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HomeAircraftHelicopterHelicopter Main Discussion › Working on my figure eights
10-12-2011 06:18 PM  6 years agoPost 1
littlehammer11

rrApprentice

grafton, wi

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10-12-2011 06:25 PM  6 years agoPost 2
red_z06

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Dumont, NJ

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Suggestion.

1. Bring it down to an eye level so you can see the elevation change throughout the maneuver.

2. Use a scenery that has distinct markers. So you can lay invisible circles on them to follow. That is very difficult on a grassy field. I would suggest one with a runway to gauge position. Instead of following what the heli does, making it to fit this invisible marker you have laid on the field will further your piloting skills.

Part of the reason many can be 3d experts on the sim but not at the field is that they are not position restricted on the sim but are at the field. So, you want to put the same restriction on you when you are on the sim. If envisioning imaginary fig 8 is difficult, it might also help to put some markers on the field to guide you.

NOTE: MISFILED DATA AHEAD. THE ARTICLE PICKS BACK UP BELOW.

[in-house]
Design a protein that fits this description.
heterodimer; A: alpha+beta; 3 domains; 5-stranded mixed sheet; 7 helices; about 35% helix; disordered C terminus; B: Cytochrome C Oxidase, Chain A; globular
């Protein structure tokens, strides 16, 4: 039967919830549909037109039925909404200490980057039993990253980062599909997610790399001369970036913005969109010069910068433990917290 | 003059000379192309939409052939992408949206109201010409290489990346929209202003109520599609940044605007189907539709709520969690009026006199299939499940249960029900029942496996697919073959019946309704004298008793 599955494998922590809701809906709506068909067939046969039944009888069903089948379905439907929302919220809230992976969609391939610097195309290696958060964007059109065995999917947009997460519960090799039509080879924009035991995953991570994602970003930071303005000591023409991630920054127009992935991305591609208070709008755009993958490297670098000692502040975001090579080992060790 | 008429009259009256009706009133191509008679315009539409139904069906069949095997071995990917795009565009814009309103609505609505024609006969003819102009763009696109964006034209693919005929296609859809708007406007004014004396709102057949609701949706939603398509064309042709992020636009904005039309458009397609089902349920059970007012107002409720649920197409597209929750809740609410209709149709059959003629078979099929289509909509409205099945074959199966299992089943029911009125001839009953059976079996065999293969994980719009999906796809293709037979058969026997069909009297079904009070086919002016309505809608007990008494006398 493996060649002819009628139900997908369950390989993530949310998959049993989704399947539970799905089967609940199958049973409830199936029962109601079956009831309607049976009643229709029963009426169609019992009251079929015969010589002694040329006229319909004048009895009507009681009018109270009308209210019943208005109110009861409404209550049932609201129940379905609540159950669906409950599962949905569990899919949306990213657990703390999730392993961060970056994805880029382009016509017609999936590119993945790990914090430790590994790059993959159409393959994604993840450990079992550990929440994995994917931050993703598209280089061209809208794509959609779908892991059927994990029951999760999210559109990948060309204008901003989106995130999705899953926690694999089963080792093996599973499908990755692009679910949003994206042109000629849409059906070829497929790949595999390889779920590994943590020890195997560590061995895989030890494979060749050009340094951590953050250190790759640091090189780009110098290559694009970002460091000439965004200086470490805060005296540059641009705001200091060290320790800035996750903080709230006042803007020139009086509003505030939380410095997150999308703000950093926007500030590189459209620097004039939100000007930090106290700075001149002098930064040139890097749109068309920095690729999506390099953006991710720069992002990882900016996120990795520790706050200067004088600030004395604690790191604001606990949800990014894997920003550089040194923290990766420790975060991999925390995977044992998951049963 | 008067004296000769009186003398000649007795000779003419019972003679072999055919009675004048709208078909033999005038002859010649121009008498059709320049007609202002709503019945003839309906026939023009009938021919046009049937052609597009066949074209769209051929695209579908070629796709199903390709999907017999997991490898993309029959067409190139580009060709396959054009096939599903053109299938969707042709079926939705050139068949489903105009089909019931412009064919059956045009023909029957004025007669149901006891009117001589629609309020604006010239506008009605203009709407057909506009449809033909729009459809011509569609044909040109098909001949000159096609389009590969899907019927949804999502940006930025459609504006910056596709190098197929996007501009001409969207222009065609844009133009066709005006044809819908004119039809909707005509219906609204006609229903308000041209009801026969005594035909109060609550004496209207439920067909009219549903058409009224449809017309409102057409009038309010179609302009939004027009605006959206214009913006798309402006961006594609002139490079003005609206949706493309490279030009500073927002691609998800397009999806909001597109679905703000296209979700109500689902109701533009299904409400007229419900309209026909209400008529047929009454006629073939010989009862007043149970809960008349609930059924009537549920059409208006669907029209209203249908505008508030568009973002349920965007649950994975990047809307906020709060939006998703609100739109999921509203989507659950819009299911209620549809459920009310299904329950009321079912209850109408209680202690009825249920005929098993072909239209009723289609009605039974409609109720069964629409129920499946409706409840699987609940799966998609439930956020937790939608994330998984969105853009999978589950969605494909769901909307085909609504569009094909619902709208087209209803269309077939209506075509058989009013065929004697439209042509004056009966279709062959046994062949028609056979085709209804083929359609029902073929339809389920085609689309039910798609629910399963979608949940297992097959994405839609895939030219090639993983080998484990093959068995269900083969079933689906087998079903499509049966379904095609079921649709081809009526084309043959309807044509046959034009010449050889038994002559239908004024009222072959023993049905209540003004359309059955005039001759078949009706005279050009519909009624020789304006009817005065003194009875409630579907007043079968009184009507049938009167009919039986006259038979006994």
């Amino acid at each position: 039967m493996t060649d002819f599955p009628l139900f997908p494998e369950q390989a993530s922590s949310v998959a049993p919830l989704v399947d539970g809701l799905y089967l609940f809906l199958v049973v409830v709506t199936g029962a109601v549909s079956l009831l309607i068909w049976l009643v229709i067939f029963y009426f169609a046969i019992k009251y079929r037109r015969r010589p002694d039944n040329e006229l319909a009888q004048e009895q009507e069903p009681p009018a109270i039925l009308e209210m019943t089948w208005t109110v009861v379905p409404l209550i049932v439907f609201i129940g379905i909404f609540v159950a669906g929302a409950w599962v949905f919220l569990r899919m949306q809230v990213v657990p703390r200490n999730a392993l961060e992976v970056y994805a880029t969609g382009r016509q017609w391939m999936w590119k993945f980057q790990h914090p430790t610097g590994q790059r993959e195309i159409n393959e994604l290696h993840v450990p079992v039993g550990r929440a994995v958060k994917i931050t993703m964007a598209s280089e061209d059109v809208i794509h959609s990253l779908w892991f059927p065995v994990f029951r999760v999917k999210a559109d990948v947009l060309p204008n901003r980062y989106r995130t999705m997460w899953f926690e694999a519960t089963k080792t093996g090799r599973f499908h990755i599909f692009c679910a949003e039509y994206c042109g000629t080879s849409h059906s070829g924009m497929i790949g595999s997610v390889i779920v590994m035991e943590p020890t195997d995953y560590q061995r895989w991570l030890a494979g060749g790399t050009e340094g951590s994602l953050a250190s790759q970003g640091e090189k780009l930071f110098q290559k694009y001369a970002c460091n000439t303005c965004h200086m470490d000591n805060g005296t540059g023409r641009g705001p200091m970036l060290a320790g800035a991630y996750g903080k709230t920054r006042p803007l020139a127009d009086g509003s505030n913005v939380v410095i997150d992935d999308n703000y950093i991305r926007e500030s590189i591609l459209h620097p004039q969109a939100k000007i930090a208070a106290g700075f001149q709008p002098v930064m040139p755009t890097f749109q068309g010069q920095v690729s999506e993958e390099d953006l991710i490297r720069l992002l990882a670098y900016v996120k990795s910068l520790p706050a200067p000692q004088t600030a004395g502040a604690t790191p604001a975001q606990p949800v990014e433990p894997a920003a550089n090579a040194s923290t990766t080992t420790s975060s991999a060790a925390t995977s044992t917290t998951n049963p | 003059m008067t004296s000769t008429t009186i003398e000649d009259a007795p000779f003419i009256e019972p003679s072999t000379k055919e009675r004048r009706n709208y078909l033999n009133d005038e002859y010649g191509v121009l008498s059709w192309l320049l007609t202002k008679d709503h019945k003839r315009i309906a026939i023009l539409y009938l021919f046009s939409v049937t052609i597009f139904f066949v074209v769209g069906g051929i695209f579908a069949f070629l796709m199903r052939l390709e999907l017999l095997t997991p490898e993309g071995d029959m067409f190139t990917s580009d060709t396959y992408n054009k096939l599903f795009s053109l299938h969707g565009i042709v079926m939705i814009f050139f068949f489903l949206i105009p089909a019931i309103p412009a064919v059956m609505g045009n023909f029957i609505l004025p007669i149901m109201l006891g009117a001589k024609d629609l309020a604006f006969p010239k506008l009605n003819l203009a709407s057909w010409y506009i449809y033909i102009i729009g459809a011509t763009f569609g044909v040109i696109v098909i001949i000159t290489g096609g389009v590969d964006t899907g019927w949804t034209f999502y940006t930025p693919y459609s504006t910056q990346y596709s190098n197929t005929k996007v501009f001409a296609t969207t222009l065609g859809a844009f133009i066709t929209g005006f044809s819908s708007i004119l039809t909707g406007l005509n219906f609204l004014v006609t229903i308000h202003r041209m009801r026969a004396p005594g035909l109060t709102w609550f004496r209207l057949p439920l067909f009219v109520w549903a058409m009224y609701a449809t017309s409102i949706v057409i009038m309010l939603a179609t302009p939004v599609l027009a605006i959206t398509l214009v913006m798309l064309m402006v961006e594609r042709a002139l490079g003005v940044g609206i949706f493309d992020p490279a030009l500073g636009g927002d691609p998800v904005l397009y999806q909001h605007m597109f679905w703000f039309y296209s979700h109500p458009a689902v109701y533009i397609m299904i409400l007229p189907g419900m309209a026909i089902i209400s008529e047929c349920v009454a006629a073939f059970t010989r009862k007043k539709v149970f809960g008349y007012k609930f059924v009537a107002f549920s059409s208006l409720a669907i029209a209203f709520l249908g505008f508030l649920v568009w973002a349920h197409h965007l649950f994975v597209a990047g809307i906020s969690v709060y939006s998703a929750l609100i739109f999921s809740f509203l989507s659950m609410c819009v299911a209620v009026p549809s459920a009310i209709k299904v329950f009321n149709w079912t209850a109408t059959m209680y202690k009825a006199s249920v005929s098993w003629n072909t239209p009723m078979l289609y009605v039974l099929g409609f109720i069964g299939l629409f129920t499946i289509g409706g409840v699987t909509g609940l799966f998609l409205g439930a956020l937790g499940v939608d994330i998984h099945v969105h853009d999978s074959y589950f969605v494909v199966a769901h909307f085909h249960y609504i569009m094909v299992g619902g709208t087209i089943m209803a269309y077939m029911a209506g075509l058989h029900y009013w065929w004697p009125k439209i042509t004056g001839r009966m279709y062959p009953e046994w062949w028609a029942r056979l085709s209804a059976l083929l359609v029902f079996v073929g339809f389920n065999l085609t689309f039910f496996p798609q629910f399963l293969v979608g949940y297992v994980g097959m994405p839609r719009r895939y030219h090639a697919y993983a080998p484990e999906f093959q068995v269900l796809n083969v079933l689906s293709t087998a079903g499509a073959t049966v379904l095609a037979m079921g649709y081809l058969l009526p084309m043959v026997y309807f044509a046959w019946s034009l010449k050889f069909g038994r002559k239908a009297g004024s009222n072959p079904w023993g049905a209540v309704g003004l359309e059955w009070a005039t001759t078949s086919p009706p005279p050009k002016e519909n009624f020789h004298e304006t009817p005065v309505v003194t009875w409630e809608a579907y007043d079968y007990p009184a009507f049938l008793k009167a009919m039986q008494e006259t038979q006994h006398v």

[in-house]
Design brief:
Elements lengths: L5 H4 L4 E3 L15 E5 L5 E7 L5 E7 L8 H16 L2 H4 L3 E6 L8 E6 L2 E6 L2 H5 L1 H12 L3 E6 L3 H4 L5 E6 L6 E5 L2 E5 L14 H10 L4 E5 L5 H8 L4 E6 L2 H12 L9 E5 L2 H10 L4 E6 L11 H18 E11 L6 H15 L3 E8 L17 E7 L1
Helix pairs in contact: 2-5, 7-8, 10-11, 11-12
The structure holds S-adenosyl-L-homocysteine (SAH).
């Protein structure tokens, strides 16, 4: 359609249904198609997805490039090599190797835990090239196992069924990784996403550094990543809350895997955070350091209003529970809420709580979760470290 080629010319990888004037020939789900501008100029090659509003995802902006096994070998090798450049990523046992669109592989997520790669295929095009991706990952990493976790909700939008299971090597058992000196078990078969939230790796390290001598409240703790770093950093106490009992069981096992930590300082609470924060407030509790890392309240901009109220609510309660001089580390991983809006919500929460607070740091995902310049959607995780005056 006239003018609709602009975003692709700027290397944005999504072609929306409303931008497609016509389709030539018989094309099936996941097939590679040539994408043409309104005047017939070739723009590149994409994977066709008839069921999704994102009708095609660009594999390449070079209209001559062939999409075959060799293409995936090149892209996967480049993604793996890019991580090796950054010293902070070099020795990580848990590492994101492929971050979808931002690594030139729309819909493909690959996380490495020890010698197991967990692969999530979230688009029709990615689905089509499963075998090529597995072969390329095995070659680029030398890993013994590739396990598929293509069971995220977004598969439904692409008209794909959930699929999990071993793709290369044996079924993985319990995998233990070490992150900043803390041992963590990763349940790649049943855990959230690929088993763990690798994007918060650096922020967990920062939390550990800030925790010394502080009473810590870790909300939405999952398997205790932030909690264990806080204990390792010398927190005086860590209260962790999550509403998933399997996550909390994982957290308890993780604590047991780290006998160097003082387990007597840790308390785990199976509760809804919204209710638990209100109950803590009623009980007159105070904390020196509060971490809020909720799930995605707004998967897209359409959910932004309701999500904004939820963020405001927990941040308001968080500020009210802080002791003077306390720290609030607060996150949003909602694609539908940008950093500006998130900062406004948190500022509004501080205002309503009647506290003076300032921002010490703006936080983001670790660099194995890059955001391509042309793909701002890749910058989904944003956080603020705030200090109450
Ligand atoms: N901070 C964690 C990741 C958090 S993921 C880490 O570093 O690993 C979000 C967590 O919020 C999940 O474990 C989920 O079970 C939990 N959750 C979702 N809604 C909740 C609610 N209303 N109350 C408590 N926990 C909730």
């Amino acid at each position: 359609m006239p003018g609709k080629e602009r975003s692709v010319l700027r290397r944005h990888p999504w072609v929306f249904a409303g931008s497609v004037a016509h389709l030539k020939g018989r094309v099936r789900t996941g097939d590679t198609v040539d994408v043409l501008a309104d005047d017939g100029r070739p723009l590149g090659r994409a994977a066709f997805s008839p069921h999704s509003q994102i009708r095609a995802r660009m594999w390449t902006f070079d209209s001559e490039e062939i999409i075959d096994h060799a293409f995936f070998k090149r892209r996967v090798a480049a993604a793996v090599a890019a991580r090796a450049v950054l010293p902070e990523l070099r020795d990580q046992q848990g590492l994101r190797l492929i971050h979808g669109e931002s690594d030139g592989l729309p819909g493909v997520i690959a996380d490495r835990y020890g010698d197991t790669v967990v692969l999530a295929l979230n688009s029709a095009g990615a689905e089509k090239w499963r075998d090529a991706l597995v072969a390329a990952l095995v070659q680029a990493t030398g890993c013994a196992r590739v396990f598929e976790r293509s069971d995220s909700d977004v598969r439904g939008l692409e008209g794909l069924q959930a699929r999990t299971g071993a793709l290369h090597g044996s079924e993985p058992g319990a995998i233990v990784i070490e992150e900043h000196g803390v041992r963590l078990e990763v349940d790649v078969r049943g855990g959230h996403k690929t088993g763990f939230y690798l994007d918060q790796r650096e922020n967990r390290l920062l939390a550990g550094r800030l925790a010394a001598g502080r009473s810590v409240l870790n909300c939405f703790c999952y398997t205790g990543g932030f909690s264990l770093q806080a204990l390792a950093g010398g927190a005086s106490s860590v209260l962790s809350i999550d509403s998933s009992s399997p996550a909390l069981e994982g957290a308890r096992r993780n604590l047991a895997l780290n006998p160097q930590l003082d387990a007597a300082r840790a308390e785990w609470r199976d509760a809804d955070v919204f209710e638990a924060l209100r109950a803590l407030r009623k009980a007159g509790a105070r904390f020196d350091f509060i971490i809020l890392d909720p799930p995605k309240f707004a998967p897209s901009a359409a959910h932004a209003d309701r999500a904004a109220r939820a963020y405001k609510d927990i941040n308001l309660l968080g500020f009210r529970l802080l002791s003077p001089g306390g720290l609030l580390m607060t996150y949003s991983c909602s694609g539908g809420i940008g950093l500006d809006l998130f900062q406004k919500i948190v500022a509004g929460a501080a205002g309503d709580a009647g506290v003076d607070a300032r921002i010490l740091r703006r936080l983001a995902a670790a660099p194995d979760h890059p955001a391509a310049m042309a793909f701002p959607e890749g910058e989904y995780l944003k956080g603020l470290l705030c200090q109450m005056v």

www.JustinJee.com

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10-12-2011 06:33 PM  6 years agoPost 3
GyroFreak

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Orlando Florida ...28N 81W

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You are the most interesting woman in the world. Keep up the good work and keep posting.

I think about the hereafter. I go somewhere to get something, then wonder what I'm here after ?

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10-12-2011 06:34 PM  6 years agoPost 4
red_z06

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Dumont, NJ

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You are the most interesting woman in the world. Keep up the good work and keep posting.
+1

www.JustinJee.com

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10-12-2011 10:01 PM  6 years agoPost 5
Quick50Nikl

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Sweden,Sthlm,järfä lla,

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Good job keep up the good work, btw there is something about ur voice i just love listening to you

Assumption is the mother of all . . . . ups